The term recession normally conjures images of financial fallout, unemployment, and panic. But an economic recession can actually create benefits as well. Here’s what you should know about the silver lining of every recession.
What is a Recession?
A recession is a period of significant economic decline. There have been 33 recessions throughout American history, each triggered by high-interest rates, high inflation, or both.
As prices rise, Americans struggle to borrow money or purchase the everyday goods and services they need, such as gasoline and groceries. Higher prices mean that wages don’t stretch as far, causing consumers to spend less. This type of overall slowdown reduces spending activity and sends a domino effect through the economy.
During a recession, that domino effect continues as companies layoff and furlough employees to save money and survive the storm. Meanwhile, the government debt rises in its attempt to stabilize the economy through measures such as unemployment and stimulus payments. The end result is a recession where most people suffer, but some people and organizations actually thrive.
Businesses that Benefit in a Recession
Discount Retailers, bankruptcy attorneys, and grocery stores have a history of thriving during economic recessions.
During the 2008-2009 recession, Dollar General stock rose more than 60%, making it the highest returning stock of the year. This pattern reflected the fact that consumers sought cheaper prices at discount stores during the uncertainty of the recession.
Bankruptcy attorneys also experience a surge in business during recessions, as businesses and individuals alike seek legal support for their financial problems. During the recession triggered by COVID-19, businesses like Pier 1, Gold’s Gym, and Neiman Marcus have all filed bankruptcy.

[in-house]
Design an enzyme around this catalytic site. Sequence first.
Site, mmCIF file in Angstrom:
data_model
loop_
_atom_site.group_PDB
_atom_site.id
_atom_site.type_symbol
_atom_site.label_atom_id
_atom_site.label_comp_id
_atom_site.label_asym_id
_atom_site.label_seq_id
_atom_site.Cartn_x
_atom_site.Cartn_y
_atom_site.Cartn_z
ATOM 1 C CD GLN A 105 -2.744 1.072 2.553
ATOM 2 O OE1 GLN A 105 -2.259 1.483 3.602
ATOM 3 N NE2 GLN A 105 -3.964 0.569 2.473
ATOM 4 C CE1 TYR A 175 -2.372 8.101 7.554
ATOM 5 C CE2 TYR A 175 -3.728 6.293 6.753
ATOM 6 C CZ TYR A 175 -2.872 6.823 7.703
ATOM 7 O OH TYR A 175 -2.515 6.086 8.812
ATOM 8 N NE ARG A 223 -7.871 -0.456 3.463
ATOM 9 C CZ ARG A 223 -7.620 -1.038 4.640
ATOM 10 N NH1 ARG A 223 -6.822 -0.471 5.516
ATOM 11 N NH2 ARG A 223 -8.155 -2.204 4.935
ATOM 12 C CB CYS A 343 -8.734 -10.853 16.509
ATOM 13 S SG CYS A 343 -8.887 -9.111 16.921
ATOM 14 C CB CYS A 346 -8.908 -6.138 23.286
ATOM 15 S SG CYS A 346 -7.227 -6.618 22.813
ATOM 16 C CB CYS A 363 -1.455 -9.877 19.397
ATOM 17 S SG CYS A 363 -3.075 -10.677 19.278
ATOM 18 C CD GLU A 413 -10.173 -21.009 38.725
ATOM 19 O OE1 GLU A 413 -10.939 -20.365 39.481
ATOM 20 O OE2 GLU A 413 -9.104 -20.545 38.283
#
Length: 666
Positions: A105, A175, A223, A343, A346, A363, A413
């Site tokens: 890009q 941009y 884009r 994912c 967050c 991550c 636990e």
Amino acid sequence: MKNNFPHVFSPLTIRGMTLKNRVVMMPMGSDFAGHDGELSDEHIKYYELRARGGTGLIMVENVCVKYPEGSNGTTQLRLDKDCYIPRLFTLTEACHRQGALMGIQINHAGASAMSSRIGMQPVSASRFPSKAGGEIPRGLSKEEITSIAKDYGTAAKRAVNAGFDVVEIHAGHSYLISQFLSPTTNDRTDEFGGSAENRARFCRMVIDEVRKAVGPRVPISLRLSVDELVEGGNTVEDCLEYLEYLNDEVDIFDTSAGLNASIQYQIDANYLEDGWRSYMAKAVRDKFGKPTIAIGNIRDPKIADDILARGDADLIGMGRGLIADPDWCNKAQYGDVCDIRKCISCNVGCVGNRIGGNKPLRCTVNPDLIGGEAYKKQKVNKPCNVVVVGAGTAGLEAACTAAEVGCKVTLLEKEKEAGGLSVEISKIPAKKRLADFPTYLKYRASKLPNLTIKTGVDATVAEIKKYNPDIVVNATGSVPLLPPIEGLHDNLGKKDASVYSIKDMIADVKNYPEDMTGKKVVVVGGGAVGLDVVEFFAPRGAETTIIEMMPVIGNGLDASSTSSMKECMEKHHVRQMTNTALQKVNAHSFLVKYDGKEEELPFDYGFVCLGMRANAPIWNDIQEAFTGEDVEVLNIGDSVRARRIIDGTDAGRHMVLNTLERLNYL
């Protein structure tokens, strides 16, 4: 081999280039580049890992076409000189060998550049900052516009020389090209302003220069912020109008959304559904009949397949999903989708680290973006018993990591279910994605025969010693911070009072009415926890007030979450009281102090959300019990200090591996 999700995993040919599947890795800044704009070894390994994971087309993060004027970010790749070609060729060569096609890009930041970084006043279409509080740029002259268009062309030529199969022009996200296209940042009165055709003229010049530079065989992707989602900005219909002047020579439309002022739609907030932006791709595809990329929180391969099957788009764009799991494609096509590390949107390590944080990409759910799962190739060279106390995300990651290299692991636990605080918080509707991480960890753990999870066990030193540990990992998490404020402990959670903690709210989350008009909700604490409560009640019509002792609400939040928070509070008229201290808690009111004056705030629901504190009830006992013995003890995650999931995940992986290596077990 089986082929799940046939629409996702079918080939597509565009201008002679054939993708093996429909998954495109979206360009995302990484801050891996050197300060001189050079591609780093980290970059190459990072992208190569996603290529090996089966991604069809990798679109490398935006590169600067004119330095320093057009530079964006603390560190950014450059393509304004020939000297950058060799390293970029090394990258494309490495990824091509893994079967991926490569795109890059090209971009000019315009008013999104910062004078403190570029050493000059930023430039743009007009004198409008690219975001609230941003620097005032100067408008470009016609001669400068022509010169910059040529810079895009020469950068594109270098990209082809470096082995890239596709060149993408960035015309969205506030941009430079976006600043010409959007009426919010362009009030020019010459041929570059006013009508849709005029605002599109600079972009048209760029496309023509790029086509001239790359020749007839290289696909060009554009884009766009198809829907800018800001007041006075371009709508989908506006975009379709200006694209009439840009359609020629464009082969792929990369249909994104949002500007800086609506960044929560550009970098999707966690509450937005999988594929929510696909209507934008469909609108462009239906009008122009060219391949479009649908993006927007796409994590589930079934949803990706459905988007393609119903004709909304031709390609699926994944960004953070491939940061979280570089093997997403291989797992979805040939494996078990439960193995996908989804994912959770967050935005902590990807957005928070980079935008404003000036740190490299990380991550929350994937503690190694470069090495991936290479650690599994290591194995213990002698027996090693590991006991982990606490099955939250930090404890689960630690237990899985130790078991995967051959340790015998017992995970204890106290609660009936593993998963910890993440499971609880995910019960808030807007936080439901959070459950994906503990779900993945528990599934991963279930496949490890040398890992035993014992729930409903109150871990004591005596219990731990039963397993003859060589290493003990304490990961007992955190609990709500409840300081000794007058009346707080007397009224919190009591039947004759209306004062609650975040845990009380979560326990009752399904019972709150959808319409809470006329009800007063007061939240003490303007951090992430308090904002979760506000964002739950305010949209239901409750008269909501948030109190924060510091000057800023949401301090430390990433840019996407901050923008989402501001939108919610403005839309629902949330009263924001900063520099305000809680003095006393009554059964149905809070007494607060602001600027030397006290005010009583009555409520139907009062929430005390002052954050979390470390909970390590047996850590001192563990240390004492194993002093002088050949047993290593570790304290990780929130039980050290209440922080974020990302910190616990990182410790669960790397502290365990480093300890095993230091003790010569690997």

Grocery stores also enjoy a steady stream of customers during recession periods as people try to save money by trading restaurants for home-cooked meals.
How You Can Win a Recession
The best way to conquer a recession is to get strategic with your investments.
First, understand the dollar-cost averaging method of investing and start using it to your benefit. In good economic times, how much of a stock or investment does a single dollar buy you? If you invest $500 a month in mutual funds selling for $25 each, your contribution buys 20 shares.
However, if the price of each mutual fund drops to $12.50 during a recession, you can buy double the amount of mutual funds for the same price. When share prices rebound post-precession, your share prices will rise far higher than your cost basis, earning you a pretty profit.
This same principle can be applied to dividends as well. Consider purchasing stock in established, large-cap companies with strong records and cash flow. These companies are prepared to weather the economic storm and more likely to pay dividends. Even as share prices decline during a recession, you’ll earn dividend payments to boost your bank account during hard times.
Read More: Tips for Finding a Job in a Recession